The Victim and Witness Protection Act, 18 U.S.C. § 3663, authorizes a district court to order restitution to any victim of the particular offense made the basis of the restitution order. 18 U.S.C. § 3663(a)(1)(A). A "victim" is defined as someone who was both "directly and proximately harmed as a result of an offense for which restitution may be ordered." Id. at § 3663(a)(2). In 1990, the Supreme Court held that an award of restitution may not include losses that do not directly result from the offense made the basis of the conviction supporting the restitution order. Hughey, 110 S.Ct. at 1982-84 (reversing restitution order that included losses incurred with respect to counts dismissed as part of a plea agreement and holding that restitution order may not exceed the scope of the offense of conviction). After Hughey, some courts held that an order of restitution must be limited to the loss attributable to the specific conduct supporting the offense of conviction, even when the offense of conviction involved a conspiracy or scheme. E.g., United States v. Sharp, 941 F.2d 811, 815 (9th Cir.1991). Congress responded by amending that portion of the Victim and Witness Protection Act that defines who may receive restitution. The statute now provides that when the subject offense involves a scheme, conspiracy, or pattern of criminal activity, restitution may be awarded to any person who is directly harmed by the defendant's course of criminal conduct. Id. That part of Hughey which restricted the award of restitution to the limits of the offense, however, still stands. See, e.g., United States v. Upton, 91 F.3d 677, 686 (5th Cir.1996), cert. denied, --- U.S. ----, 117 S.Ct. 1818, 137 L.Ed.2d 1027 (1997); United States v. Pepper, 51 F.3d 469, 473 (5th Cir.1995); United States v. Stouffer, 986 F.2d 916, 928-29 (5th Cir.1993) (restitution may be ordered for victims who are not named in the indictment provided that the scheme is precisely defined in the indictment).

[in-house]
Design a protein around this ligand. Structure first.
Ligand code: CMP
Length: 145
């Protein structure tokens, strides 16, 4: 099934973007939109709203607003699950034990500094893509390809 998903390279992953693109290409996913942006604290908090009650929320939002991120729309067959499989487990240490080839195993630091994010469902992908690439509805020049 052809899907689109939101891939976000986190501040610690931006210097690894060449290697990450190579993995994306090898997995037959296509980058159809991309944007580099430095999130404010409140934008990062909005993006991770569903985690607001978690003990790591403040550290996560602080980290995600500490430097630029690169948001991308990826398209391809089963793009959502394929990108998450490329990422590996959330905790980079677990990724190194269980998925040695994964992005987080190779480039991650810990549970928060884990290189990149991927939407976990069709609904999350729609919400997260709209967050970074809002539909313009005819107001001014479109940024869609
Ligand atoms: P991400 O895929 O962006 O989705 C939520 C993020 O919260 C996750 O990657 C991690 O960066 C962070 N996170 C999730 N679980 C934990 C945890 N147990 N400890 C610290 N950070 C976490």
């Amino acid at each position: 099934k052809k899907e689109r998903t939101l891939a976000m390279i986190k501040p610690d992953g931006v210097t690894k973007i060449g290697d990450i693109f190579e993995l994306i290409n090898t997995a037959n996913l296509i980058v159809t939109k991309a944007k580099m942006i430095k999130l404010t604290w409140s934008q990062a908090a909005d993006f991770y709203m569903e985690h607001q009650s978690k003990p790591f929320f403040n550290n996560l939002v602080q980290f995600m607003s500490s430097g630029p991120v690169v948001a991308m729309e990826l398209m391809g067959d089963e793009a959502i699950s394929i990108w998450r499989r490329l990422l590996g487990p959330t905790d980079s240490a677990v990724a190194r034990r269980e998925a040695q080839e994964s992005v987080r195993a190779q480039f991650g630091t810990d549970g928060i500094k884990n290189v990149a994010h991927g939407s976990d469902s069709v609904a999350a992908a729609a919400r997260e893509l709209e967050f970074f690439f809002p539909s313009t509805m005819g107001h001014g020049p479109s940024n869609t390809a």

Count 11 alleged a comprehensive scheme of bank fraud in violation of 18 U.S.C. § 1334. TCB is named as the victim in count 11 of the indictment, and HL&P was directly harmed by the specific fraudulent activities made the basis of Hughey's conviction on that count. Therefore, TCB and HL&P are the types of organizations that may receive restitution for Hughey's count 11 bank fraud offense. See 18 U.S.C. § 3663(a)(2).


The restitution award must still be limited, however, to those losses within the scope of the offense alleged in count 11. To determine whether the order is appropriately limited, we will examine both the amount of the claimed losses and the scope of the offense conduct. The record contains detailed documentary evidence supporting TCB's and HL&P's claimed loss of $62,933.10.11 The record also contains evidence that HL&P paid $22,260 of the claimed loss, while TCB paid $40,675.10 of the claimed loss. Although Hughey lodged general objections that the PSR overestimated the loss, Hughey did not file evidence capable of rebutting the detailed evidence presented in support of the PSR calculations. See United States v. Cisneros, 112 F.3d 1272, 1280 (5th Cir.1997); see also United States v. St. Gelais, 952 F.2d 90, 97 (5th Cir.1992) (affirming the district court's reliance on PSR for statement of loss calculation). We conclude that the government met its burden of establishing that TCB and HL&P suffered the claimed losses by a preponderance of the evidence. 18 U.S.C. § 3664(e); United States v. Razo-Leora, 961 F.2d 1140, 1146 (5th Cir.1992).